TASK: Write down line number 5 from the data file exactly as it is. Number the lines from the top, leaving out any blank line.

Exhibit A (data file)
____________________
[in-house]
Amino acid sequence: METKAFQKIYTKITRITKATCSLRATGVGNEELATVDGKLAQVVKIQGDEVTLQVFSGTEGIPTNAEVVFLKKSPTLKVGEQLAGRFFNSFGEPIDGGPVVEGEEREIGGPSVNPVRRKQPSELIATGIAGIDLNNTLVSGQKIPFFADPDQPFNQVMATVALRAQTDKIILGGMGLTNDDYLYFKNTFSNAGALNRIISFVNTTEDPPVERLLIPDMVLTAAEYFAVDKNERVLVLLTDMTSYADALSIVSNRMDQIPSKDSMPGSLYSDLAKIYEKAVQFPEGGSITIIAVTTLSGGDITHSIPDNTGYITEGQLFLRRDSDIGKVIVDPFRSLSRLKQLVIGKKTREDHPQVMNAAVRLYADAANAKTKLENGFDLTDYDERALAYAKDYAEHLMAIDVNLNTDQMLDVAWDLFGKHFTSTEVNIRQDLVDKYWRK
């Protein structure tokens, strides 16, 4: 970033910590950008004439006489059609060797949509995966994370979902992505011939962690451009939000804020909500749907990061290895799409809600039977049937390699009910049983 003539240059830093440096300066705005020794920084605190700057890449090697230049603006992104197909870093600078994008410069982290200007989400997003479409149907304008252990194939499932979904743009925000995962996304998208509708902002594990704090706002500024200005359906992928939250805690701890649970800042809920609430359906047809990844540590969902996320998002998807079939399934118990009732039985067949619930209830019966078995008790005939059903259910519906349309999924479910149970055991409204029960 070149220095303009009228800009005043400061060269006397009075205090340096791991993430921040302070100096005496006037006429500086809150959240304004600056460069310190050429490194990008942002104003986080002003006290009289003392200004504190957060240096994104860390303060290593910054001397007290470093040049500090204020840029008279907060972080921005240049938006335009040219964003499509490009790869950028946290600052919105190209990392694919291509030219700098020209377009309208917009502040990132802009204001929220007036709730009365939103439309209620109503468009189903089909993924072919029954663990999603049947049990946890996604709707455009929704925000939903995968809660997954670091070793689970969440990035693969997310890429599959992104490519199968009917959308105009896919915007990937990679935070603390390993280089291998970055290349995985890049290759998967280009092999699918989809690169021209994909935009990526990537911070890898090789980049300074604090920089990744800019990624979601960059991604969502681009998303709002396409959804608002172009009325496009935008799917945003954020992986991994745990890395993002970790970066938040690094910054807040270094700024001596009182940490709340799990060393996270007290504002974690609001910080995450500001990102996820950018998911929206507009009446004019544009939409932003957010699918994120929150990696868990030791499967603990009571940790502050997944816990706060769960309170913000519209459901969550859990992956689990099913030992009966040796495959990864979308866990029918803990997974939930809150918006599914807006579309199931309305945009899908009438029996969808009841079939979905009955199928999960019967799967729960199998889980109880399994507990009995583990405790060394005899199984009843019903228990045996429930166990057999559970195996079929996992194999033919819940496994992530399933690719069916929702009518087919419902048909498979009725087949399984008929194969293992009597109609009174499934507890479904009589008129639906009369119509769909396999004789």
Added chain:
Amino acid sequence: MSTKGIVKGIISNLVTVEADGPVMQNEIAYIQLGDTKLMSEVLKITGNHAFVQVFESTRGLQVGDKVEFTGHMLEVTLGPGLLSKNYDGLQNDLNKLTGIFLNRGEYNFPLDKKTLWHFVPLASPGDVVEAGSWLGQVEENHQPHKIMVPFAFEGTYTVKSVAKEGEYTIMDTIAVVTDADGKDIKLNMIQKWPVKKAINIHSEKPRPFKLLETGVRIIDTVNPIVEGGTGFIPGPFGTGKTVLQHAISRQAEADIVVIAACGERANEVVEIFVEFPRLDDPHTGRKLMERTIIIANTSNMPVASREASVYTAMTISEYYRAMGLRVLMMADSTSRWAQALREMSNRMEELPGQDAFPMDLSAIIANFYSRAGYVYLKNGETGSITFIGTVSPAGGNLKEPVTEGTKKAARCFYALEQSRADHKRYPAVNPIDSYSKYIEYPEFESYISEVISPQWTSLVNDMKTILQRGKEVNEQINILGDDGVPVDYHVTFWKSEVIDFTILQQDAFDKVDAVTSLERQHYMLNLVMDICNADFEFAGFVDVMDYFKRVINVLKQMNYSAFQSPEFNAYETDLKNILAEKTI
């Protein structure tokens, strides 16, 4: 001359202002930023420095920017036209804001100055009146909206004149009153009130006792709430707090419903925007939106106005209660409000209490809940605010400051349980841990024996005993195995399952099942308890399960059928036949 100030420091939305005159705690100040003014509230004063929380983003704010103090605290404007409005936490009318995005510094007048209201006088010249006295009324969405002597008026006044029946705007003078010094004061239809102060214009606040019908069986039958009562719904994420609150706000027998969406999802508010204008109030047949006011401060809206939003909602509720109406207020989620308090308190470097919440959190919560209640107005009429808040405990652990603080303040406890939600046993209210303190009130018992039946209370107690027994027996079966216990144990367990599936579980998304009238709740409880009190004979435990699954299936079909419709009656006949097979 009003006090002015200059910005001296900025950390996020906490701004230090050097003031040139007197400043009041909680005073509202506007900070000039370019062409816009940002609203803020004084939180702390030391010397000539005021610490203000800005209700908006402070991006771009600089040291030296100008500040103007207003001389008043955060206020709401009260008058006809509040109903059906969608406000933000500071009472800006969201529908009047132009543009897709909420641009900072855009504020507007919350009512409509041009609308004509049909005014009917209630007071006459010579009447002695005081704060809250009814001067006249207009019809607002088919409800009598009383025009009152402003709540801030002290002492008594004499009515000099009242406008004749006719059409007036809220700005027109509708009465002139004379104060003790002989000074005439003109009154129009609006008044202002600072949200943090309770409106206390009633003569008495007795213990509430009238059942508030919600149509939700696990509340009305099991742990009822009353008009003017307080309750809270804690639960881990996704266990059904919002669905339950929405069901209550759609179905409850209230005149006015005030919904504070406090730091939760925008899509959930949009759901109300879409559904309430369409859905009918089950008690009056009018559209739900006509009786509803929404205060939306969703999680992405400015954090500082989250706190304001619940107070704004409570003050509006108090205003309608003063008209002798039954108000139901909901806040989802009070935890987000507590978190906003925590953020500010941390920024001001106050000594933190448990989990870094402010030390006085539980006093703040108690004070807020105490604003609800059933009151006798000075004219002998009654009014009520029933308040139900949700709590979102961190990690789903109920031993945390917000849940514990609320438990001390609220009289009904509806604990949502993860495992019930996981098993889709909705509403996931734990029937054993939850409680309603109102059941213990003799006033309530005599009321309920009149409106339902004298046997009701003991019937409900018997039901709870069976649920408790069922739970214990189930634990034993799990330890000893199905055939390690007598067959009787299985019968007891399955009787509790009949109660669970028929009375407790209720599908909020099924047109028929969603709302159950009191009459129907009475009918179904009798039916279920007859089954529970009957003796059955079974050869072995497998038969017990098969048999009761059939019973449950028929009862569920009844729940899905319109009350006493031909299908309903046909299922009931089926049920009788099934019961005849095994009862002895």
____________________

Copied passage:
Amino acid sequence: MSTKGIVKGIISNLVTVEADGPVMQNEIAYIQLGDTKLMSEVLKITGNHAFVQVFESTRGLQVGDKVEFTGHMLEVTLGPGLLSKNYDGLQNDLNKLTGIFLNRGEYNFPLDKKTLWHFVPLASPGDVVEAGSWLGQVEENHQPHKIMVPFAFEGTYTVKSVAKEGEYTIMDTIAVVTDADGKDIKLNMIQKWPVKKAINIHSEKPRPFKLLETGVRIIDTVNPIVEGGTGFIPGPFGTGKTVLQHAISRQAEADIVVIAACGERANEVVEIFVEFPRLDDPHTGRKLMERTIIIANTSNMPVASREASVYTAMTISEYYRAMGLRVLMMADSTSRWAQALREMSNRMEELPGQDAFPMDLSAIIANFYSRAGYVYLKNGETGSITFIGTVSPAGGNLKEPVTEGTKKAARCFYALEQSRADHKRYPAVNPIDSYSKYIEYPEFESYISEVISPQWTSLVNDMKTILQRGKEVNEQINILGDDGVPVDYHVTFWKSEVIDFTILQQDAFDKVDAVTSLERQHYMLNLVMDICNADFEFAGFVDVMDYFKRVINVLKQMNYSAFQSPEFNAYETDLKNILAEKTI